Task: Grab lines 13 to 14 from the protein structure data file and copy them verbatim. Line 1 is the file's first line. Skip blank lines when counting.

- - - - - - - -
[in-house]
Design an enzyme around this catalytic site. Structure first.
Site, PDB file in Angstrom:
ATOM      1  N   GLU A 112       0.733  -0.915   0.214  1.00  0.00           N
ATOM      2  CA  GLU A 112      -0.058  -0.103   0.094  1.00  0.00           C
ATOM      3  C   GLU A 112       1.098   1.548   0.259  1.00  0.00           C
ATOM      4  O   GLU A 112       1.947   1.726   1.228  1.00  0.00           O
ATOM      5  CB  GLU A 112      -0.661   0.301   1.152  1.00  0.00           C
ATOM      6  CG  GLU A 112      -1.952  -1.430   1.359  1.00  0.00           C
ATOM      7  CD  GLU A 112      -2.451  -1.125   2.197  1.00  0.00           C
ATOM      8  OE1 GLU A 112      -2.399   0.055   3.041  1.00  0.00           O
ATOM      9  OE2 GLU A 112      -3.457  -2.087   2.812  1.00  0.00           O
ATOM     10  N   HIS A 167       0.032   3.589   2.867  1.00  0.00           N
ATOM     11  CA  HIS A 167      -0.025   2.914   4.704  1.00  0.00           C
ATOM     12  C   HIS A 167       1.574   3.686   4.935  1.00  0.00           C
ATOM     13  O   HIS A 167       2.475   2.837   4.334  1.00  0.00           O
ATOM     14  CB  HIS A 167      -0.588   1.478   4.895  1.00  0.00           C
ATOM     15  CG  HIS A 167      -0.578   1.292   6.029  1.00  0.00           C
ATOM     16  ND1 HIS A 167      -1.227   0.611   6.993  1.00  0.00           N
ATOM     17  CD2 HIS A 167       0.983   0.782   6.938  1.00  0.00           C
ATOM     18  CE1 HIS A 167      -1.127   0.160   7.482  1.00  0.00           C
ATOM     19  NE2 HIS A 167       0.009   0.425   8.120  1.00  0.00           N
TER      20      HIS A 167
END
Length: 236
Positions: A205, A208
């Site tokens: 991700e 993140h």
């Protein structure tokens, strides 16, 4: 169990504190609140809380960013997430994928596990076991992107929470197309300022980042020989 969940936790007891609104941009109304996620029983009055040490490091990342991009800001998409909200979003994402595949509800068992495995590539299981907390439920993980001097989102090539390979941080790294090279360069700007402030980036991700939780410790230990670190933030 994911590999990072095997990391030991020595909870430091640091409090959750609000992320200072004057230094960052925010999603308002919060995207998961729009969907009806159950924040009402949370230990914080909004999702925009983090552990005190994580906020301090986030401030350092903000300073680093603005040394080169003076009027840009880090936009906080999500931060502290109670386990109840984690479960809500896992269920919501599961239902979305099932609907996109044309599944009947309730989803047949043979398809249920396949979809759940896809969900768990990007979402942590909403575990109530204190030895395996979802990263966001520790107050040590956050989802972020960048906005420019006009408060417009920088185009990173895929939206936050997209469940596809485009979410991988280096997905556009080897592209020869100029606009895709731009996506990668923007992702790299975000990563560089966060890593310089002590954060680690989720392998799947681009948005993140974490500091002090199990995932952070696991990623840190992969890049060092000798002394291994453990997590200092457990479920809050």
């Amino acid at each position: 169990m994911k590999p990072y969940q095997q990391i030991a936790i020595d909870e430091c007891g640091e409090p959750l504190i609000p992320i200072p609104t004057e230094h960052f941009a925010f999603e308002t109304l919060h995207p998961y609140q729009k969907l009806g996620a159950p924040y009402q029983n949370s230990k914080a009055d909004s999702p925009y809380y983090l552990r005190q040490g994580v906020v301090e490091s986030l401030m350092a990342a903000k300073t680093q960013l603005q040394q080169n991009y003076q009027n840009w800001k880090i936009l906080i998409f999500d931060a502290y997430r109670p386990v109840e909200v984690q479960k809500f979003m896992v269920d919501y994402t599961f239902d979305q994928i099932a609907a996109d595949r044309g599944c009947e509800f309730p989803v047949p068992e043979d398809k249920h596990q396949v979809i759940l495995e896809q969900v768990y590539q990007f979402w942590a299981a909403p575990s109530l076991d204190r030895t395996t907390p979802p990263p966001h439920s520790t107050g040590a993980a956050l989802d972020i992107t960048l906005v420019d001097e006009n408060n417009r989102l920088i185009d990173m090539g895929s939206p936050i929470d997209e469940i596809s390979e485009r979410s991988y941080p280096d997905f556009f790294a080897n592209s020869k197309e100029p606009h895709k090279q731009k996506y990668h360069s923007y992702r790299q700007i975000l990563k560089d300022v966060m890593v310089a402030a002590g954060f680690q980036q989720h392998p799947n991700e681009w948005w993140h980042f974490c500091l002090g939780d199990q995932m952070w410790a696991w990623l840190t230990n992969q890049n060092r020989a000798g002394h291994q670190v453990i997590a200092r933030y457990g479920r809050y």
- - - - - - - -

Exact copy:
ATOM     10  N   HIS A 167       0.032   3.589   2.867  1.00  0.00           N
ATOM     11  CA  HIS A 167      -0.025   2.914   4.704  1.00  0.00           C